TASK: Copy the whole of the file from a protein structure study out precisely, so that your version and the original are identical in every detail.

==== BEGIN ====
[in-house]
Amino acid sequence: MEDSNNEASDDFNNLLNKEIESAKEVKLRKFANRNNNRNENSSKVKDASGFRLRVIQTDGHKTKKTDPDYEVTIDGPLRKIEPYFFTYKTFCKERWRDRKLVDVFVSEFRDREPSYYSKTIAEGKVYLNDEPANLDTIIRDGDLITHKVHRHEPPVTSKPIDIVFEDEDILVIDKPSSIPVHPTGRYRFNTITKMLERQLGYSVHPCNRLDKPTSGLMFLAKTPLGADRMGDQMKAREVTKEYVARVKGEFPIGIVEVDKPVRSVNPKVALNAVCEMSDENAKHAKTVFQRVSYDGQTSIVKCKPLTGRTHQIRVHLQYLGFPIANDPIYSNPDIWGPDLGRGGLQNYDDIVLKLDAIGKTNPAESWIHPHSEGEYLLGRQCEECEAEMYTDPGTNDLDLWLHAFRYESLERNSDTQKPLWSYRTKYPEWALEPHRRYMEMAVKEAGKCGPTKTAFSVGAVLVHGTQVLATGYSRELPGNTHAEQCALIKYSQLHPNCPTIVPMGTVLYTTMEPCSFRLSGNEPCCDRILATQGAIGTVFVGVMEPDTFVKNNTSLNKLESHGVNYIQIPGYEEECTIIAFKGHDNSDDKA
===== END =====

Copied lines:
[in-house]
Amino acid sequence: MEDSNNEASDDFNNLLNKEIESAKEVKLRKFANRNNNRNENSSKVKDASGFRLRVIQTDGHKTKKTDPDYEVTIDGPLRKIEPYFFTYKTFCKERWRDRKLVDVFVSEFRDREPSYYSKTIAEGKVYLNDEPANLDTIIRDGDLITHKVHRHEPPVTSKPIDIVFEDEDILVIDKPSSIPVHPTGRYRFNTITKMLERQLGYSVHPCNRLDKPTSGLMFLAKTPLGADRMGDQMKAREVTKEYVARVKGEFPIGIVEVDKPVRSVNPKVALNAVCEMSDENAKHAKTVFQRVSYDGQTSIVKCKPLTGRTHQIRVHLQYLGFPIANDPIYSNPDIWGPDLGRGGLQNYDDIVLKLDAIGKTNPAESWIHPHSEGEYLLGRQCEECEAEMYTDPGTNDLDLWLHAFRYESLERNSDTQKPLWSYRTKYPEWALEPHRRYMEMAVKEAGKCGPTKTAFSVGAVLVHGTQVLATGYSRELPGNTHAEQCALIKYSQLHPNCPTIVPMGTVLYTTMEPCSFRLSGNEPCCDRILATQGAIGTVFVGVMEPDTFVKNNTSLNKLESHGVNYIQIPGYEEECTIIAFKGHDNSDDKA